Agreed, perhaps it does come across that way. I was mainly referring to the "Add current page to breadcrumb" suggestion which would produce the output I gave an example of. –  Moo-Juice Nov 8 '10 at 13:45

I have to disagree with the characterization of breadcrumbs in most of the answers because there is a difference (in my understanding) between categories or taxonomy (the nested hierarchy of categories that lead from most general to most specific e.g. Product Category > Product Sub Category > Product > Model or cars > sedans > chevy > impala > x5000 ) and the path through a website (I'm not talking about browser history, but a context-sensitive path).

If you were to search for four-door sedans and found a list of candidates then drilled down into one or more of those, it would be more important for you to ascend back to the list returned by the search result than to ascend the categories for whatever product you chose. (So, the example above might be "home > search > chevy impala x5000" rather than "cars > sedans > chevy > impala > x5000"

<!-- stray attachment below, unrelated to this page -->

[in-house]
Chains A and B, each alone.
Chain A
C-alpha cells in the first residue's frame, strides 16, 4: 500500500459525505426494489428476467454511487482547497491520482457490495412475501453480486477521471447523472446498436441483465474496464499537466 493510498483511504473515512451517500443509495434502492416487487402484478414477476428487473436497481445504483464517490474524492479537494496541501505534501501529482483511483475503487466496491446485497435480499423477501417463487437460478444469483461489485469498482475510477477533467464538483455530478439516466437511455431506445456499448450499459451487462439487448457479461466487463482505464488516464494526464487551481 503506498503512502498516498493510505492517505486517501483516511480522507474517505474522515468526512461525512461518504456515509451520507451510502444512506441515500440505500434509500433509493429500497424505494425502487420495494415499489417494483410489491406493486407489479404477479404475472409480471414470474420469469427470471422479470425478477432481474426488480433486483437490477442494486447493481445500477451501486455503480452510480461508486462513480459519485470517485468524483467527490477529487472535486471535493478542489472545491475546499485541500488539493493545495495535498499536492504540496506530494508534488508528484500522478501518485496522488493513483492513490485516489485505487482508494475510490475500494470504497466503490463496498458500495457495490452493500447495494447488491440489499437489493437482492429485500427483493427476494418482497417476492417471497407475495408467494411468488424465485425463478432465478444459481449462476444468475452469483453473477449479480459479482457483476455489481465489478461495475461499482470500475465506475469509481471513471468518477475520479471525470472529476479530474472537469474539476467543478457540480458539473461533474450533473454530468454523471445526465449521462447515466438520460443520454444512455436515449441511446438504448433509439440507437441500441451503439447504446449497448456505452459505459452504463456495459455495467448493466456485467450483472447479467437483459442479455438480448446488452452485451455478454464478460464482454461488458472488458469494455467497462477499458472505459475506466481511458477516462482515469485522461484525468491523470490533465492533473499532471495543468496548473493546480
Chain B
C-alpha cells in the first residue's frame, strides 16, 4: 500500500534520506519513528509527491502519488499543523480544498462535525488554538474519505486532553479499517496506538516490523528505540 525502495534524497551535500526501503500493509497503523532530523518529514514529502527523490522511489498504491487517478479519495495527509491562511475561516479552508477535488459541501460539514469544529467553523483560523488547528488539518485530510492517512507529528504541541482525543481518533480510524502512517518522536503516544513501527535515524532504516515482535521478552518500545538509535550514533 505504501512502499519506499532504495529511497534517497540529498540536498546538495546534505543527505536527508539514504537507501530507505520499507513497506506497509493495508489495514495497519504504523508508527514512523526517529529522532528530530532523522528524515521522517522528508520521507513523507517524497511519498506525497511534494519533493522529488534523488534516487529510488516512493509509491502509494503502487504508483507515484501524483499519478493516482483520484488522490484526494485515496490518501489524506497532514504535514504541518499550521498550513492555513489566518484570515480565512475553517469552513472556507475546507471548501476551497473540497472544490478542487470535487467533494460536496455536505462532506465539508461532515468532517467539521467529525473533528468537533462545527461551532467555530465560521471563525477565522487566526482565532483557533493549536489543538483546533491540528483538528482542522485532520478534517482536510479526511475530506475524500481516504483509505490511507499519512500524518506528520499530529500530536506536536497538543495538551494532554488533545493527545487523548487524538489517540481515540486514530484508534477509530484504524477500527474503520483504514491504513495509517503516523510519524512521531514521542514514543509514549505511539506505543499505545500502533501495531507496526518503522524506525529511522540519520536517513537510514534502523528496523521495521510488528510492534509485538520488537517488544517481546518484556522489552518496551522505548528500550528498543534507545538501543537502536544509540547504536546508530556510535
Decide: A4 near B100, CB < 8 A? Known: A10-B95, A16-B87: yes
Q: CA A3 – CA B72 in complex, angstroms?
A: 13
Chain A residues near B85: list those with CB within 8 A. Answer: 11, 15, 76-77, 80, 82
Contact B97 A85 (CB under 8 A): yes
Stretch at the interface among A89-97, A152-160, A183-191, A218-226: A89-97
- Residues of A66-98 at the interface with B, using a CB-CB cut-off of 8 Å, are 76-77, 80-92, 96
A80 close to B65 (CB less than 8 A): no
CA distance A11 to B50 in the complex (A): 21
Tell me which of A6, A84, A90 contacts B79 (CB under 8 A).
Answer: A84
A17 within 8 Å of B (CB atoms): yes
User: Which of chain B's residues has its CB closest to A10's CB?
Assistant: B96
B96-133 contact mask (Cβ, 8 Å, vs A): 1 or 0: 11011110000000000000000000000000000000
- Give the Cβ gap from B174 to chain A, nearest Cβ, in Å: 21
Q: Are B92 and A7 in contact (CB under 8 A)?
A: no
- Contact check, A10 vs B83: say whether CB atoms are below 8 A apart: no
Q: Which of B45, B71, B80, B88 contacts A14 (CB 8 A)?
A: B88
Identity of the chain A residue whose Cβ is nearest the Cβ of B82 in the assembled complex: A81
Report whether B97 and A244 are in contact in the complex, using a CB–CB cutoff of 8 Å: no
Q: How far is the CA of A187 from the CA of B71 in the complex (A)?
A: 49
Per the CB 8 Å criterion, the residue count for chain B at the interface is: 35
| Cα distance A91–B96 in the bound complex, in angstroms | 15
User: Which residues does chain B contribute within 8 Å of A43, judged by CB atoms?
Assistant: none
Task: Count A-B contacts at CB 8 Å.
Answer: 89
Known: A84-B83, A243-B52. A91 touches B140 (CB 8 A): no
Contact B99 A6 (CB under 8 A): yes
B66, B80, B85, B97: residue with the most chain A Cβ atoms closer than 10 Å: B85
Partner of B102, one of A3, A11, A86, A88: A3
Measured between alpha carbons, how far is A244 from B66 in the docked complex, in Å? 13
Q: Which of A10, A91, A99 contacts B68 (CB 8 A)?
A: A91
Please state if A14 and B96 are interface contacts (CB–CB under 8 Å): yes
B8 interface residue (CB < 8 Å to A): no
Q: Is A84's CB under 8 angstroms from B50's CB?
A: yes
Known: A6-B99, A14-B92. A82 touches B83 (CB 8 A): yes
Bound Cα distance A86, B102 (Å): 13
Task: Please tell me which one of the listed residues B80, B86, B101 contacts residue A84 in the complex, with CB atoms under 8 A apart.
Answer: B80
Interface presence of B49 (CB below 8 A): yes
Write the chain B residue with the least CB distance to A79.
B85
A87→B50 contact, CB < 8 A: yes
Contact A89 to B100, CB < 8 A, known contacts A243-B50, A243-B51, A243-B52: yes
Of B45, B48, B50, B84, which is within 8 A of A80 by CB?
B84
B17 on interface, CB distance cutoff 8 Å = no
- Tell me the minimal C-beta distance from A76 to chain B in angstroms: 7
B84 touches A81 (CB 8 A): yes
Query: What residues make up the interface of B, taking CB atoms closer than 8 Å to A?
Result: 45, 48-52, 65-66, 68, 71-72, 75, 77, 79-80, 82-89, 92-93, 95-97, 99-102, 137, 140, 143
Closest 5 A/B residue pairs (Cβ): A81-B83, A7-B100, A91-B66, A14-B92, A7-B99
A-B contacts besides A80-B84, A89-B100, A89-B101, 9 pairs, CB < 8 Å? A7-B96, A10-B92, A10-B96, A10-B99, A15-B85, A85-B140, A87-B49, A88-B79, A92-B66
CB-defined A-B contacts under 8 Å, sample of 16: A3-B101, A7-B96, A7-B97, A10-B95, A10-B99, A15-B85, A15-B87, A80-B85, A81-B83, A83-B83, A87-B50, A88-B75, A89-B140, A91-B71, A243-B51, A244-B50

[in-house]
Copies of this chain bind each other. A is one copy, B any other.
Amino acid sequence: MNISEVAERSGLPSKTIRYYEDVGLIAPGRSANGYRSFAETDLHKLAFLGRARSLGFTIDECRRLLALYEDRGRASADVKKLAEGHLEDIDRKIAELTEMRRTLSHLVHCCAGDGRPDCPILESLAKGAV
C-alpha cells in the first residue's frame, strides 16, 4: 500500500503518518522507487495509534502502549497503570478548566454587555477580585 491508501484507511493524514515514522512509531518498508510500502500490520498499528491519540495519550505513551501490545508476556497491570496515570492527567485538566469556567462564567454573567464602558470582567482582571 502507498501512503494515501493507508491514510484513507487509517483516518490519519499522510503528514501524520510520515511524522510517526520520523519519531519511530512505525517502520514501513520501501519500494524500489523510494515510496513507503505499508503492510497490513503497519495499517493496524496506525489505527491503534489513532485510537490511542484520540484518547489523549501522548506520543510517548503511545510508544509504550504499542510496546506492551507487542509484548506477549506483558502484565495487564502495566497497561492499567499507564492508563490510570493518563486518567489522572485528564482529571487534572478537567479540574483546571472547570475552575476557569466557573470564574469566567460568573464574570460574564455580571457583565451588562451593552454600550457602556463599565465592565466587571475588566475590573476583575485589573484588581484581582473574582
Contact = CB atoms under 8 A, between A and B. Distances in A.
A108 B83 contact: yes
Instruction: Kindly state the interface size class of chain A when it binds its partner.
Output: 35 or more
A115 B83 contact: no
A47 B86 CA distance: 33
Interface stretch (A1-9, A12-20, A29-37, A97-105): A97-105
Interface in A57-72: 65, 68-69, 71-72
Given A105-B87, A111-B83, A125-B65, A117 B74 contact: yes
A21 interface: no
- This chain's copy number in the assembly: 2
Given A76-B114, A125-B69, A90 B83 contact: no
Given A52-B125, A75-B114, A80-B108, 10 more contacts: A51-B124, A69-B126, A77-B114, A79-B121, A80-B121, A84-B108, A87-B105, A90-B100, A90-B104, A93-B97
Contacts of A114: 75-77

Using breadcrumbs to be a marker of where you've been is similar to choice 1 except you don't indefinitely add crumbs to the end because breadcrumbs are meant to be picked up to trace your path backward (and when you pickup a breadcrumb, all of the cumbs after that are removed because you've chosen a particular point in the path and will navigate from there.

If "breadcrumbs" are a category tree as some here have suggested, why do we call them "breadcrumbs"? My understanding of breadcrumbs is that they are path specific not model specific.

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Depends who you ask. (They actually list one more model there.) At this point, the term basically just stands for the general "x > y > z" visual widget, with a second decision being made by the implementer as to which actual methodology they're using. –  Su' Mar 5 '12 at 20:29